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Love and the City: Happy Valentine’s Day

Dan Hoornweg's picture

Newtown Creek Wastewater Treatment PlantUrbanists are quick to champion the benefits of cities and how they drive economic growth, education, health improvements, and if built and managed well are the best way to achieve ‘sustainable development.’ But rarely do we talk about how cities nurture and encourage love, not to mention great parties, rock and roll, and all those passionate sporting events.

Cities don’t make love possible, but they sure do make it easier. Cities are all about connections, opportunities and logistical challenges. Take Valentine’s Day and the ‘average guy’ in the US. He will spend about $168 this year to celebrate, and woo, his love (women spend about half that). Over the last six weeks about 700 million fresh cut flowers passed through Miami International to be processed at one of the 23 chilled warehouses within five miles of the airport. Making sure no pests or contraband were brought in with the flowers required several thousand US Customs and Agriculture officers working round the clock.

Rising Inequality in the United States: Lessons from developing countries

Francisco Ferreira's picture

As the United States prepares for its first presidential election after the Great Recession, inequality has emerged as a central political issue. This is not unremarkable: Americans have historically seemed much less troubled by income differences than, say, Europeans. You may remember a 2004 article by Alberto Alesina, Rafael di Tella and Robert MacCulloch in the Journal of Public Economics, which reported that happiness in the US was much less sensitive to inequality than in Europe.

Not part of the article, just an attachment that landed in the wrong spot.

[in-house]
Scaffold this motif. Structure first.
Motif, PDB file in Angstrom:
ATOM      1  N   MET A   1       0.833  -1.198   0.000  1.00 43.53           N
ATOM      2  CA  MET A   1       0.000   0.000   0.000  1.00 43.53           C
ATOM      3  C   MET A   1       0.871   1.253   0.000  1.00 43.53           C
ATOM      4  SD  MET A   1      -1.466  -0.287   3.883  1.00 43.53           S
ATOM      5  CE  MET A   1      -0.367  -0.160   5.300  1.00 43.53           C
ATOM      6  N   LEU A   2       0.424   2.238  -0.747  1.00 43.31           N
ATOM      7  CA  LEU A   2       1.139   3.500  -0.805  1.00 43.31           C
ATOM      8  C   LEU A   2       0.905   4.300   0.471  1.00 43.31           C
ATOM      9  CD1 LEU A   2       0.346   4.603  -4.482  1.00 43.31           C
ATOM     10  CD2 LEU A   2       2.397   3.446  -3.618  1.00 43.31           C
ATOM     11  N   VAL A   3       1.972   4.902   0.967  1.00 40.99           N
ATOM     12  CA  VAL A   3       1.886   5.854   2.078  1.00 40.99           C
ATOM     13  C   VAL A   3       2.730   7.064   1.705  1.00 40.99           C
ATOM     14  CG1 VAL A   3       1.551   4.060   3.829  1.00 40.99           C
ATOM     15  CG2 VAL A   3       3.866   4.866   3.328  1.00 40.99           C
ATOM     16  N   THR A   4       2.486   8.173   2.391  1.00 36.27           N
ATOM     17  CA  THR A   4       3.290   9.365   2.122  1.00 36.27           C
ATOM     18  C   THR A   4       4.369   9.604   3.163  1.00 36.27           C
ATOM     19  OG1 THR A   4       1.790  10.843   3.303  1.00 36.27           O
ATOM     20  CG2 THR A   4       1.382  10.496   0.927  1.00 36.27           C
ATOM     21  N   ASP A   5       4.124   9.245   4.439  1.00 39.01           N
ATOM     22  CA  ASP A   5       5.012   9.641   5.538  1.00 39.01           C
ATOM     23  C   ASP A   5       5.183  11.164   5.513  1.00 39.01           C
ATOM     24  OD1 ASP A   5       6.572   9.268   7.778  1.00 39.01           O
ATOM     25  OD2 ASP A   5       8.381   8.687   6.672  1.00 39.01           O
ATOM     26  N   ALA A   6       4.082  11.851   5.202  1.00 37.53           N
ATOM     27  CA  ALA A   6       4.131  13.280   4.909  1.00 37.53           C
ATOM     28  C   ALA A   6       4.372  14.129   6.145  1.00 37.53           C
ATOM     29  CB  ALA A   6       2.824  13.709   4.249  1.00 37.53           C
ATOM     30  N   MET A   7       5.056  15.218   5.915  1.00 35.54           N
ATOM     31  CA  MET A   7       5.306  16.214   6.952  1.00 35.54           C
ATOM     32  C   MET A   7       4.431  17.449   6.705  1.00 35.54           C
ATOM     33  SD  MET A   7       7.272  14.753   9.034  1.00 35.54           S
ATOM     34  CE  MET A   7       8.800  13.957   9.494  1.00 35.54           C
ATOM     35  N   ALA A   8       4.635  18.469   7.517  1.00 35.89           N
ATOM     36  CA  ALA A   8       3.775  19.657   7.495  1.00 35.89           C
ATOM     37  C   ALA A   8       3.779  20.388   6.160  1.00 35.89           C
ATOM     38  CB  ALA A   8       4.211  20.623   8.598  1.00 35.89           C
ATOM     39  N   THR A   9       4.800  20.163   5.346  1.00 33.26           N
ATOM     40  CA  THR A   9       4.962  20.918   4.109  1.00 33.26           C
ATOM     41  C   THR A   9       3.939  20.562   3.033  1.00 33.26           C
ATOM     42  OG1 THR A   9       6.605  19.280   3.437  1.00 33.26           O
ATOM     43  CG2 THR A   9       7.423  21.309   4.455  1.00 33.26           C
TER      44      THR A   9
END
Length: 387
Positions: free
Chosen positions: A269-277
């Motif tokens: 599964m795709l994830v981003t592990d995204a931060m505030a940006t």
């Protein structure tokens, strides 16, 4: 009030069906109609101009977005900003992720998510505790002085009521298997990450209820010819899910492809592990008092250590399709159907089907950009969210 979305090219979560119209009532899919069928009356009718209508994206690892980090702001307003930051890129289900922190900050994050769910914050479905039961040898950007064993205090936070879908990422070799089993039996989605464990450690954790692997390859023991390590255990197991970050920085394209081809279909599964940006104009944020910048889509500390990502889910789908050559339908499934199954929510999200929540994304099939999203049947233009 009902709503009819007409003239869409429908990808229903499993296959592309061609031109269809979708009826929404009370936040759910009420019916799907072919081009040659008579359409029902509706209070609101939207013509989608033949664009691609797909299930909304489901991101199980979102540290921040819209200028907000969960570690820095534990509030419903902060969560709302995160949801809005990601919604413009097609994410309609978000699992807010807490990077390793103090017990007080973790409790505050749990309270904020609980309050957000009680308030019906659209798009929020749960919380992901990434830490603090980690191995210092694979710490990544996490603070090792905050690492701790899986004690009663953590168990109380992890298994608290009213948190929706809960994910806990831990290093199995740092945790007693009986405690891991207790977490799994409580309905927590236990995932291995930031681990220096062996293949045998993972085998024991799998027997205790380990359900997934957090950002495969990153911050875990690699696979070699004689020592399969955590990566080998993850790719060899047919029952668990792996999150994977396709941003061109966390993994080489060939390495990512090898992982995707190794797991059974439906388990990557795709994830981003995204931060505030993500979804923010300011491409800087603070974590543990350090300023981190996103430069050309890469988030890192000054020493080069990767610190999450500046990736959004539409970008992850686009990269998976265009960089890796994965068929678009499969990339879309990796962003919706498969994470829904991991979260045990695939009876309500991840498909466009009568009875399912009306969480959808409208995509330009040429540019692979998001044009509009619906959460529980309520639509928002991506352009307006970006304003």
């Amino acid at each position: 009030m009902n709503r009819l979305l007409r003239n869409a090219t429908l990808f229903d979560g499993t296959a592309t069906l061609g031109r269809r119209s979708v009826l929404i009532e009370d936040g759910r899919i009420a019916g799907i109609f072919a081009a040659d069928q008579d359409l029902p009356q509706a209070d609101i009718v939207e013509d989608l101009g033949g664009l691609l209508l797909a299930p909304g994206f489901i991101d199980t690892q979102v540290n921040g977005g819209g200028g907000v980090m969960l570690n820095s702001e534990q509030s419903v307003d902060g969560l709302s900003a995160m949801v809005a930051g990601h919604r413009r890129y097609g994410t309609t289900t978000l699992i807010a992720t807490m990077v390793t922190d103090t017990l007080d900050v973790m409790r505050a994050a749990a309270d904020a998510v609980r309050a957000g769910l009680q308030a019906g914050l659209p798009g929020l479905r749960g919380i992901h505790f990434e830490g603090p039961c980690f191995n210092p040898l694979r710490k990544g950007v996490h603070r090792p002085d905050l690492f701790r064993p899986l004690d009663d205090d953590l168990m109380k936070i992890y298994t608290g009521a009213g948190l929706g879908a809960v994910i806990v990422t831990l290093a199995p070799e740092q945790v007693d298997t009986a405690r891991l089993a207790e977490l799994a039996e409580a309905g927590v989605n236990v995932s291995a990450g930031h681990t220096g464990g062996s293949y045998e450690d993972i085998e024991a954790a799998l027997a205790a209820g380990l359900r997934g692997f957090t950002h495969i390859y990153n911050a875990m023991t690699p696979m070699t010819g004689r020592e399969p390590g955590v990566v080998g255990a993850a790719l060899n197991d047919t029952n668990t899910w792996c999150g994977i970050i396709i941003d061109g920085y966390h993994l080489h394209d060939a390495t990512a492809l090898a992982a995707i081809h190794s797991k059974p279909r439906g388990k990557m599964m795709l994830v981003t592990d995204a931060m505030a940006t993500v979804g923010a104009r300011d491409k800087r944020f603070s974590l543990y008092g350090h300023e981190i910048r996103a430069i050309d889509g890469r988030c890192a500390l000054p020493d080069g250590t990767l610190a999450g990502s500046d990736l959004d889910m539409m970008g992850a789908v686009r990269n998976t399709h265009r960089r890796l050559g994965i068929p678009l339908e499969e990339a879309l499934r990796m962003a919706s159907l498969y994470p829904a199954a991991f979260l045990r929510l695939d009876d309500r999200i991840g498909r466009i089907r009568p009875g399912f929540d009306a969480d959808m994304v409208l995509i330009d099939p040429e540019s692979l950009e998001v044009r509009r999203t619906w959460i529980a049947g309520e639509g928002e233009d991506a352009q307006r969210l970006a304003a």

Up-close and personal with Sonal Kapoor, a young social entrepreneur

Maria Cristina Gallegos's picture

Sonal Kapoor is a young social entrepreneur who is changing the world by using innovative ideas. Her dedication and her unbendable will led her to become the founder of Protsahan India Foundation. This foundation is a non-profit organization that encourages education and social development through art and creativity for at-risk street children. In addition, Sonal was one of the six youth delegates from South Asia selected to participate at the World Bank/IMF annual meetings in Washington, D.C.

Taking the Bus to Opportunity: Guest post by David Phillips

In the 1960s, black and white individuals in the United States had radically different labor market outcomes. In 1962, the unemployment rate for African-Americans was 13 percent while it was only 6 percent for whites. Fifty years have passed, enough time for Martin Luther King to go from movement leader to monument, but as of 2010, the unemployment rate in the U.S.


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